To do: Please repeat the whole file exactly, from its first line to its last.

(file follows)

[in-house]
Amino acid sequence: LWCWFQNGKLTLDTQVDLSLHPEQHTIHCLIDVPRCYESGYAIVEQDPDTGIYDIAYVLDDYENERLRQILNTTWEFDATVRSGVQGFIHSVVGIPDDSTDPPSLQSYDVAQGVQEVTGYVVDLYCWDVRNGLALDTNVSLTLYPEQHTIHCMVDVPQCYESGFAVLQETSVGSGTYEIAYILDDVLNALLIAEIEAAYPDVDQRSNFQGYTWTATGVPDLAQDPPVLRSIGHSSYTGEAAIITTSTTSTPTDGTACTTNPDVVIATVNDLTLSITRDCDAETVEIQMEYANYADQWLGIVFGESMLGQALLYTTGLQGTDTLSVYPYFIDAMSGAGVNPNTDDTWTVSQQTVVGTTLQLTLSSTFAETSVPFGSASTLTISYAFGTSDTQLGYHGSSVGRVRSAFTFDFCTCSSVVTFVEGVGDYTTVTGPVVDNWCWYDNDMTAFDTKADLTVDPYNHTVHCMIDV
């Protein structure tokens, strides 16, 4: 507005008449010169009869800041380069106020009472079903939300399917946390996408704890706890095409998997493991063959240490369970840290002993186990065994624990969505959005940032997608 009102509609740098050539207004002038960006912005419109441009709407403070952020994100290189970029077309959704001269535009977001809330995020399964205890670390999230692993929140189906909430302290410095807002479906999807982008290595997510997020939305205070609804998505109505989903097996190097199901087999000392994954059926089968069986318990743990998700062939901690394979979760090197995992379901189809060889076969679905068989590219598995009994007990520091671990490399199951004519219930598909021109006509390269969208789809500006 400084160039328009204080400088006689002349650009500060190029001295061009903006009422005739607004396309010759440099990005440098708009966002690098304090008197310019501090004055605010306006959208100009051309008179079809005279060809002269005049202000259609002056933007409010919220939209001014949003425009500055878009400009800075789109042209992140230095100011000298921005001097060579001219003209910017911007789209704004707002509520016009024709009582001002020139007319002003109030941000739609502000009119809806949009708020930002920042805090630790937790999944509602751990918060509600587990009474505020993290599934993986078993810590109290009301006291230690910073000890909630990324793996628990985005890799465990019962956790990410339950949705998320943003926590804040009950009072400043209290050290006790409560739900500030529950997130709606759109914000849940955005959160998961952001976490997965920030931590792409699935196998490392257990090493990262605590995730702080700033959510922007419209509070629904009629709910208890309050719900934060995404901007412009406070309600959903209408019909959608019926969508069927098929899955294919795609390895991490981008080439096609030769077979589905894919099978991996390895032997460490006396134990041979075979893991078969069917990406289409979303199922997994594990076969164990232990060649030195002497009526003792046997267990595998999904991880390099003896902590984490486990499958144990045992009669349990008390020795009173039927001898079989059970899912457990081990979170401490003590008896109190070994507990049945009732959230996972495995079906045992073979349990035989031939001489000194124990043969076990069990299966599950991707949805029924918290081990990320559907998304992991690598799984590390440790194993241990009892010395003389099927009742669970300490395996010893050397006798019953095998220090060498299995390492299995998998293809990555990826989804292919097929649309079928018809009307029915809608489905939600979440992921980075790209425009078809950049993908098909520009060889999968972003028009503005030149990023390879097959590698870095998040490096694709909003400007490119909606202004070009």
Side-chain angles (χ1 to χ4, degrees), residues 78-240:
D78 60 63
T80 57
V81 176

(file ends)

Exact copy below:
[in-house]
Amino acid sequence: LWCWFQNGKLTLDTQVDLSLHPEQHTIHCLIDVPRCYESGYAIVEQDPDTGIYDIAYVLDDYENERLRQILNTTWEFDATVRSGVQGFIHSVVGIPDDSTDPPSLQSYDVAQGVQEVTGYVVDLYCWDVRNGLALDTNVSLTLYPEQHTIHCMVDVPQCYESGFAVLQETSVGSGTYEIAYILDDVLNALLIAEIEAAYPDVDQRSNFQGYTWTATGVPDLAQDPPVLRSIGHSSYTGEAAIITTSTTSTPTDGTACTTNPDVVIATVNDLTLSITRDCDAETVEIQMEYANYADQWLGIVFGESMLGQALLYTTGLQGTDTLSVYPYFIDAMSGAGVNPNTDDTWTVSQQTVVGTTLQLTLSSTFAETSVPFGSASTLTISYAFGTSDTQLGYHGSSVGRVRSAFTFDFCTCSSVVTFVEGVGDYTTVTGPVVDNWCWYDNDMTAFDTKADLTVDPYNHTVHCMIDV
């Protein structure tokens, strides 16, 4: 507005008449010169009869800041380069106020009472079903939300399917946390996408704890706890095409998997493991063959240490369970840290002993186990065994624990969505959005940032997608 009102509609740098050539207004002038960006912005419109441009709407403070952020994100290189970029077309959704001269535009977001809330995020399964205890670390999230692993929140189906909430302290410095807002479906999807982008290595997510997020939305205070609804998505109505989903097996190097199901087999000392994954059926089968069986318990743990998700062939901690394979979760090197995992379901189809060889076969679905068989590219598995009994007990520091671990490399199951004519219930598909021109006509390269969208789809500006 400084160039328009204080400088006689002349650009500060190029001295061009903006009422005739607004396309010759440099990005440098708009966002690098304090008197310019501090004055605010306006959208100009051309008179079809005279060809002269005049202000259609002056933007409010919220939209001014949003425009500055878009400009800075789109042209992140230095100011000298921005001097060579001219003209910017911007789209704004707002509520016009024709009582001002020139007319002003109030941000739609502000009119809806949009708020930002920042805090630790937790999944509602751990918060509600587990009474505020993290599934993986078993810590109290009301006291230690910073000890909630990324793996628990985005890799465990019962956790990410339950949705998320943003926590804040009950009072400043209290050290006790409560739900500030529950997130709606759109914000849940955005959160998961952001976490997965920030931590792409699935196998490392257990090493990262605590995730702080700033959510922007419209509070629904009629709910208890309050719900934060995404901007412009406070309600959903209408019909959608019926969508069927098929899955294919795609390895991490981008080439096609030769077979589905894919099978991996390895032997460490006396134990041979075979893991078969069917990406289409979303199922997994594990076969164990232990060649030195002497009526003792046997267990595998999904991880390099003896902590984490486990499958144990045992009669349990008390020795009173039927001898079989059970899912457990081990979170401490003590008896109190070994507990049945009732959230996972495995079906045992073979349990035989031939001489000194124990043969076990069990299966599950991707949805029924918290081990990320559907998304992991690598799984590390440790194993241990009892010395003389099927009742669970300490395996010893050397006798019953095998220090060498299995390492299995998998293809990555990826989804292919097929649309079928018809009307029915809608489905939600979440992921980075790209425009078809950049993908098909520009060889999968972003028009503005030149990023390879097959590698870095998040490096694709909003400007490119909606202004070009």
Side-chain angles (χ1 to χ4, degrees), residues 78-240:
D78 60 63
T80 57
V81 176